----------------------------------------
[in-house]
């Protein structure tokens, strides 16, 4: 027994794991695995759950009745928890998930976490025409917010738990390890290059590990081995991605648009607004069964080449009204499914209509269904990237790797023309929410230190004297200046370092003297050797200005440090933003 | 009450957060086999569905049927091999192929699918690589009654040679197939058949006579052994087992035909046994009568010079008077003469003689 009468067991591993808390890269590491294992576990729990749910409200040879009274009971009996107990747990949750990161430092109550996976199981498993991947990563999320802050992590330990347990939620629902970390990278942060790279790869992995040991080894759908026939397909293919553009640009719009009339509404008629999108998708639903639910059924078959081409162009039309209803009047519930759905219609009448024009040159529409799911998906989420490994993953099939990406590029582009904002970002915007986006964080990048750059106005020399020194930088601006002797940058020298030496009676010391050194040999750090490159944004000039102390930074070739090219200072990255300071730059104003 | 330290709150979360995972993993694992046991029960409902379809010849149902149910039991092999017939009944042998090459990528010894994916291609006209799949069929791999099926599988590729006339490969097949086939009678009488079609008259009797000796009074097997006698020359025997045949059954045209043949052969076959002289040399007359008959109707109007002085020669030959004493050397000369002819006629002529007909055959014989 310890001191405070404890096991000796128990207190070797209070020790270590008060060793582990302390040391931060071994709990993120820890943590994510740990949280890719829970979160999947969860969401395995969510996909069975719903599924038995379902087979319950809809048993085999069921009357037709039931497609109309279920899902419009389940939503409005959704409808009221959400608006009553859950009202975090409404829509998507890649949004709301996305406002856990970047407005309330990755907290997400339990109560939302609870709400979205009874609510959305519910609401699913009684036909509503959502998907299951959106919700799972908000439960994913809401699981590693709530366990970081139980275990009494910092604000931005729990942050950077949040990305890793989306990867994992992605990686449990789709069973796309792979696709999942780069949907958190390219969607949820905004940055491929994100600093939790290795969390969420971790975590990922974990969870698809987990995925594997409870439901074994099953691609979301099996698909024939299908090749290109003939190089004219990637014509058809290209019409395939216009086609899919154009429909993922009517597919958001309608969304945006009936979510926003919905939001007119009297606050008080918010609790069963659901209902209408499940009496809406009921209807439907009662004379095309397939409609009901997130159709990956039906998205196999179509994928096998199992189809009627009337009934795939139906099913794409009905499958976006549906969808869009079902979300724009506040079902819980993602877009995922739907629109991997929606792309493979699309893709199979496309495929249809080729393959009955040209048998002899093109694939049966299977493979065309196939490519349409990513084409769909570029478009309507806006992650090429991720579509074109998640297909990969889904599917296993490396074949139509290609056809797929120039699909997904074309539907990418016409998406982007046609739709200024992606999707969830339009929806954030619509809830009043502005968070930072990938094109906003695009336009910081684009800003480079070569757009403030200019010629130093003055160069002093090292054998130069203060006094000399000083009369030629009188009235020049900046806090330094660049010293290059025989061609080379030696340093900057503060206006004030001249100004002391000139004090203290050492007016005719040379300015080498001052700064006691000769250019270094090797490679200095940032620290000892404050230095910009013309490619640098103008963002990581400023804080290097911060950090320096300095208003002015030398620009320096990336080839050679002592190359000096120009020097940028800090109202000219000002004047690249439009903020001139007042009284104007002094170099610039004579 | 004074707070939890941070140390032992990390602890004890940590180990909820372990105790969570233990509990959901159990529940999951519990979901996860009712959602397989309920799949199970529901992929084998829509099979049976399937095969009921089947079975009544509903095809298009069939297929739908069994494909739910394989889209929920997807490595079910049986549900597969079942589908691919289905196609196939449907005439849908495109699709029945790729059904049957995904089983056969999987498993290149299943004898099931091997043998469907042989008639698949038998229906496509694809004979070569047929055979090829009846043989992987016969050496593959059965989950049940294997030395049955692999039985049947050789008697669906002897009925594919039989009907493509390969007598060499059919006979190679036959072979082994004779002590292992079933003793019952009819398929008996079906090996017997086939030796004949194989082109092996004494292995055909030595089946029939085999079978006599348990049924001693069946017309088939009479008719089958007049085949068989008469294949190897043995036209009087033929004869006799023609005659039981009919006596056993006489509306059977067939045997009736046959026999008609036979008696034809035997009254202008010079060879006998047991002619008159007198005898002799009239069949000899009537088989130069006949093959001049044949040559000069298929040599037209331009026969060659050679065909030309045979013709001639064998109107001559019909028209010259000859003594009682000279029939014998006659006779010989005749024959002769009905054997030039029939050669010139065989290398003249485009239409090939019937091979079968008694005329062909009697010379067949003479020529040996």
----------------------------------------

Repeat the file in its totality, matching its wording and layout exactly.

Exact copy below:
[in-house]
């Protein structure tokens, strides 16, 4: 027994794991695995759950009745928890998930976490025409917010738990390890290059590990081995991605648009607004069964080449009204499914209509269904990237790797023309929410230190004297200046370092003297050797200005440090933003 | 009450957060086999569905049927091999192929699918690589009654040679197939058949006579052994087992035909046994009568010079008077003469003689 009468067991591993808390890269590491294992576990729990749910409200040879009274009971009996107990747990949750990161430092109550996976199981498993991947990563999320802050992590330990347990939620629902970390990278942060790279790869992995040991080894759908026939397909293919553009640009719009009339509404008629999108998708639903639910059924078959081409162009039309209803009047519930759905219609009448024009040159529409799911998906989420490994993953099939990406590029582009904002970002915007986006964080990048750059106005020399020194930088601006002797940058020298030496009676010391050194040999750090490159944004000039102390930074070739090219200072990255300071730059104003 | 330290709150979360995972993993694992046991029960409902379809010849149902149910039991092999017939009944042998090459990528010894994916291609006209799949069929791999099926599988590729006339490969097949086939009678009488079609008259009797000796009074097997006698020359025997045949059954045209043949052969076959002289040399007359008959109707109007002085020669030959004493050397000369002819006629002529007909055959014989 310890001191405070404890096991000796128990207190070797209070020790270590008060060793582990302390040391931060071994709990993120820890943590994510740990949280890719829970979160999947969860969401395995969510996909069975719903599924038995379902087979319950809809048993085999069921009357037709039931497609109309279920899902419009389940939503409005959704409808009221959400608006009553859950009202975090409404829509998507890649949004709301996305406002856990970047407005309330990755907290997400339990109560939302609870709400979205009874609510959305519910609401699913009684036909509503959502998907299951959106919700799972908000439960994913809401699981590693709530366990970081139980275990009494910092604000931005729990942050950077949040990305890793989306990867994992992605990686449990789709069973796309792979696709999942780069949907958190390219969607949820905004940055491929994100600093939790290795969390969420971790975590990922974990969870698809987990995925594997409870439901074994099953691609979301099996698909024939299908090749290109003939190089004219990637014509058809290209019409395939216009086609899919154009429909993922009517597919958001309608969304945006009936979510926003919905939001007119009297606050008080918010609790069963659901209902209408499940009496809406009921209807439907009662004379095309397939409609009901997130159709990956039906998205196999179509994928096998199992189809009627009337009934795939139906099913794409009905499958976006549906969808869009079902979300724009506040079902819980993602877009995922739907629109991997929606792309493979699309893709199979496309495929249809080729393959009955040209048998002899093109694939049966299977493979065309196939490519349409990513084409769909570029478009309507806006992650090429991720579509074109998640297909990969889904599917296993490396074949139509290609056809797929120039699909997904074309539907990418016409998406982007046609739709200024992606999707969830339009929806954030619509809830009043502005968070930072990938094109906003695009336009910081684009800003480079070569757009403030200019010629130093003055160069002093090292054998130069203060006094000399000083009369030629009188009235020049900046806090330094660049010293290059025989061609080379030696340093900057503060206006004030001249100004002391000139004090203290050492007016005719040379300015080498001052700064006691000769250019270094090797490679200095940032620290000892404050230095910009013309490619640098103008963002990581400023804080290097911060950090320096300095208003002015030398620009320096990336080839050679002592190359000096120009020097940028800090109202000219000002004047690249439009903020001139007042009284104007002094170099610039004579 | 004074707070939890941070140390032992990390602890004890940590180990909820372990105790969570233990509990959901159990529940999951519990979901996860009712959602397989309920799949199970529901992929084998829509099979049976399937095969009921089947079975009544509903095809298009069939297929739908069994494909739910394989889209929920997807490595079910049986549900597969079942589908691919289905196609196939449907005439849908495109699709029945790729059904049957995904089983056969999987498993290149299943004898099931091997043998469907042989008639698949038998229906496509694809004979070569047929055979090829009846043989992987016969050496593959059965989950049940294997030395049955692999039985049947050789008697669906002897009925594919039989009907493509390969007598060499059919006979190679036959072979082994004779002590292992079933003793019952009819398929008996079906090996017997086939030796004949194989082109092996004494292995055909030595089946029939085999079978006599348990049924001693069946017309088939009479008719089958007049085949068989008469294949190897043995036209009087033929004869006799023609005659039981009919006596056993006489509306059977067939045997009736046959026999008609036979008696034809035997009254202008010079060879006998047991002619008159007198005898002799009239069949000899009537088989130069006949093959001049044949040559000069298929040599037209331009026969060659050679065909030309045979013709001639064998109107001559019909028209010259000859003594009682000279029939014998006659006779010989005749024959002769009905054997030039029939050669010139065989290398003249485009239409090939019937091979079968008694005329062909009697010379067949003479020529040996």